The big problem I see is that there are two clearly different 'types' of
marriage - yet are still tightly entangled in the minds of the public.
The marriage as a religious/personal/ideal belief
and marriage as a legal contract.
Now the second, marriage as a legal thing is now so far separate from the marriage ideal that, in my opinion, makes religion completely meaningless when it weighs into the debate
...with the changes to laws regarding people
living together - de facto relationships and what centerlink considers a
relationship to be (now including homosexual relationships) completely separates
a civil union from a religious one - you can effectively be legally married without being married at all!
if the religious zealots were really concerned about protecting the sanctity of marriage then same sex unions is the LEAST of their concerns !
Civil unions should be open to all, the Church can but (sic) out - I don't know how true it is but someone told me that people having 'religious marriages' were declining.
I don't agree with all of the comments made but there are 'elephants' of truth in all this.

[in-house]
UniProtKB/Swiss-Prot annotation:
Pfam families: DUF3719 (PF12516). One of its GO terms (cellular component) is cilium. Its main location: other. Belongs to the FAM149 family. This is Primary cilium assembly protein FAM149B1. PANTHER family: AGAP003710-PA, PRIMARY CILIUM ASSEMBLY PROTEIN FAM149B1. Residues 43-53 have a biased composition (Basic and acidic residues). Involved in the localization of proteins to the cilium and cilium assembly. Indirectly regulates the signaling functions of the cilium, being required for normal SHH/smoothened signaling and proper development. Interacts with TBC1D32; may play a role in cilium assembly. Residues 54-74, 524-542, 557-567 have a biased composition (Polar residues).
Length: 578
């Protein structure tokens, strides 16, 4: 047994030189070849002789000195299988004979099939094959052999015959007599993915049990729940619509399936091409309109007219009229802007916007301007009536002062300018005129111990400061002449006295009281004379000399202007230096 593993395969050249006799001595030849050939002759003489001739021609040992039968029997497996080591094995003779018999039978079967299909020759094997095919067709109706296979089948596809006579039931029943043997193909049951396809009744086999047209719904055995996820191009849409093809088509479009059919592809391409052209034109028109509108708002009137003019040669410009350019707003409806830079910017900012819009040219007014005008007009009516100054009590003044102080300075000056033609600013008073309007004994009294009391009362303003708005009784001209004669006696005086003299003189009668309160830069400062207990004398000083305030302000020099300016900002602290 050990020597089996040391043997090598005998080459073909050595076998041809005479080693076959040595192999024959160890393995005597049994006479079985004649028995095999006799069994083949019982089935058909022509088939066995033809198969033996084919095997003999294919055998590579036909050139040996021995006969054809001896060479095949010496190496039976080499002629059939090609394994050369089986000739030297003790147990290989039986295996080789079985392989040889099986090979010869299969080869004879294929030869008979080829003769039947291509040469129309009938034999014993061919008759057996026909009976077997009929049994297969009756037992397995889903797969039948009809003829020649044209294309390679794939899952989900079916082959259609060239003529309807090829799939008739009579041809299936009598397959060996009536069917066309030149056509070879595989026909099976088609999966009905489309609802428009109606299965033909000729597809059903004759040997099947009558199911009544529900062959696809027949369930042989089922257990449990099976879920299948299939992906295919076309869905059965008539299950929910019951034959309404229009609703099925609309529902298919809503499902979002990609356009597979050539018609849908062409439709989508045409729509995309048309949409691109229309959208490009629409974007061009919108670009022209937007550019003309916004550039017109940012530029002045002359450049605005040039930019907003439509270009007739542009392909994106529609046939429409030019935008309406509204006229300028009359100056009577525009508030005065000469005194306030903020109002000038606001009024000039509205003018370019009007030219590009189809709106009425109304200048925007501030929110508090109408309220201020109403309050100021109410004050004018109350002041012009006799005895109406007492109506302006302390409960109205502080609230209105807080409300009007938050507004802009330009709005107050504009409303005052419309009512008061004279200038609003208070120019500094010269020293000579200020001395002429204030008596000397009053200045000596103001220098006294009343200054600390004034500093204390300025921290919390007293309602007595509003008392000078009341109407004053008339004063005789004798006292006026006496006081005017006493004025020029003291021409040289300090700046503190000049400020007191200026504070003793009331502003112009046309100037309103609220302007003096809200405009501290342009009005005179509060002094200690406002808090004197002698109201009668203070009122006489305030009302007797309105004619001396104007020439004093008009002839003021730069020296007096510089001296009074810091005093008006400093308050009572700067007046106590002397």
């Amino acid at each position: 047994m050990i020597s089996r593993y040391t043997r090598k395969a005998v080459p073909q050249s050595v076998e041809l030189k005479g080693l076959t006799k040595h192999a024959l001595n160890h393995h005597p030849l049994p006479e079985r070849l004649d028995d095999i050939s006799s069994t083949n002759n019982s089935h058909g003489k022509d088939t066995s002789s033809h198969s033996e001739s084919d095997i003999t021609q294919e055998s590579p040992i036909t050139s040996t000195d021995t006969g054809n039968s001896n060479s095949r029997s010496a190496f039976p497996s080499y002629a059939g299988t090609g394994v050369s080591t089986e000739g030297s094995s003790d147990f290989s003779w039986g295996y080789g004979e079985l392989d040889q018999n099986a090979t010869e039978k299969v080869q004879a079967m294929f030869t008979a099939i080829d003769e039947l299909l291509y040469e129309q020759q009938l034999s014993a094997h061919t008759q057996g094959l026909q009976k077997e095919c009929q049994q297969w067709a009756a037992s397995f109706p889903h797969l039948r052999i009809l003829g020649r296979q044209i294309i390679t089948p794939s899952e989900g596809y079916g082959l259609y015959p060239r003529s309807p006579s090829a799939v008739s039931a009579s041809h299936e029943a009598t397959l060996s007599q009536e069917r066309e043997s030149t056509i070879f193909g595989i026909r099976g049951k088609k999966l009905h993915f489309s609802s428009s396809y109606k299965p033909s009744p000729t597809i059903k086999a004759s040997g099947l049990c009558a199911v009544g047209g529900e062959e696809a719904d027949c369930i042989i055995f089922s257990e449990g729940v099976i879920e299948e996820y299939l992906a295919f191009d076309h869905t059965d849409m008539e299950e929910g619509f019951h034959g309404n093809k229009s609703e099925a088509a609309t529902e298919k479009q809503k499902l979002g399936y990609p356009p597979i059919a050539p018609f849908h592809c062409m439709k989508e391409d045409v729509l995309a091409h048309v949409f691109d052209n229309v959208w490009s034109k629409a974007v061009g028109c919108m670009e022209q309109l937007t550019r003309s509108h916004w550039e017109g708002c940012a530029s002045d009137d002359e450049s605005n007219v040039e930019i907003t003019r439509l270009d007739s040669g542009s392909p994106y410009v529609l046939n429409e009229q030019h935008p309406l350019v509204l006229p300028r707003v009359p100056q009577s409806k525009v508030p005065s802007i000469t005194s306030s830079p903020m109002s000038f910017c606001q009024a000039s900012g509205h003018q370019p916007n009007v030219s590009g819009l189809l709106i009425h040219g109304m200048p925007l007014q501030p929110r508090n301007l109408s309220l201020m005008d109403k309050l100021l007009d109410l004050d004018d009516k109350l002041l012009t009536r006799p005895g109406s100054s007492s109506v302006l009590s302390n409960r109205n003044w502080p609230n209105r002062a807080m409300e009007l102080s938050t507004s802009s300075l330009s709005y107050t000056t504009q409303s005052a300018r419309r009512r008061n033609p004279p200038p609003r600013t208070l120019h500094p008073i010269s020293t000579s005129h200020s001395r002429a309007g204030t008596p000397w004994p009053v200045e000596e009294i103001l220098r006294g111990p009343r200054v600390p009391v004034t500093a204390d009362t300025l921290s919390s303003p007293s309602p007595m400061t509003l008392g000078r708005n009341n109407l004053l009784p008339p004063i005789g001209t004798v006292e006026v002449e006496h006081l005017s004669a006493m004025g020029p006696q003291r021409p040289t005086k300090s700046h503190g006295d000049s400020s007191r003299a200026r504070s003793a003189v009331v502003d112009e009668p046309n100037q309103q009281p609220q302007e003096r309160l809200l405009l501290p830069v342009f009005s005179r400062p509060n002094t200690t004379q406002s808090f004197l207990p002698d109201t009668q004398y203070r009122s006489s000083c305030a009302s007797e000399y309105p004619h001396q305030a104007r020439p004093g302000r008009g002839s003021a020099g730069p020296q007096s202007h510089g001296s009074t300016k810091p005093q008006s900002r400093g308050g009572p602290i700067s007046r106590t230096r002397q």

The religious ideal of marriage is a "high" view of marriage. It is not arbitrary, is says that marraige is serious and should be taken seriously by all society (The Anglican service actually says this).
What I think this correspondent does recognise is that the practice of marriage has changed in a way that no one woiuld probably have predicted before WWII.
Although the Soviets tried to change the nature of marriage with their infamous postcard divorce reforms it did not last and caused such social disorientation that it was not alloowed to continue.
There would seem to be little doubt that the single most significant factor has been the advent since the mid 60s of effective contraceptive practice.
Is it too bland to say that once people could have sex without necessarily having to conceive they did not need and oir want to get married.
Society has accepted the phenomenon of 'living together' with such a vengeance that it will probably take another century to fully understand just why this is so.
So Kordos is right to make the observation that people can now live together as if they were married without the actual legal commitment.
I think we pay an enormous legal (and actual financial) cost for this and a lot of the 'defacto' stuff looks like game playing....claiming the privilege of being married but not the responsibility of making a legal commitment.
I guess the social cost will work itself out and will be better understood in 2059 than in 2009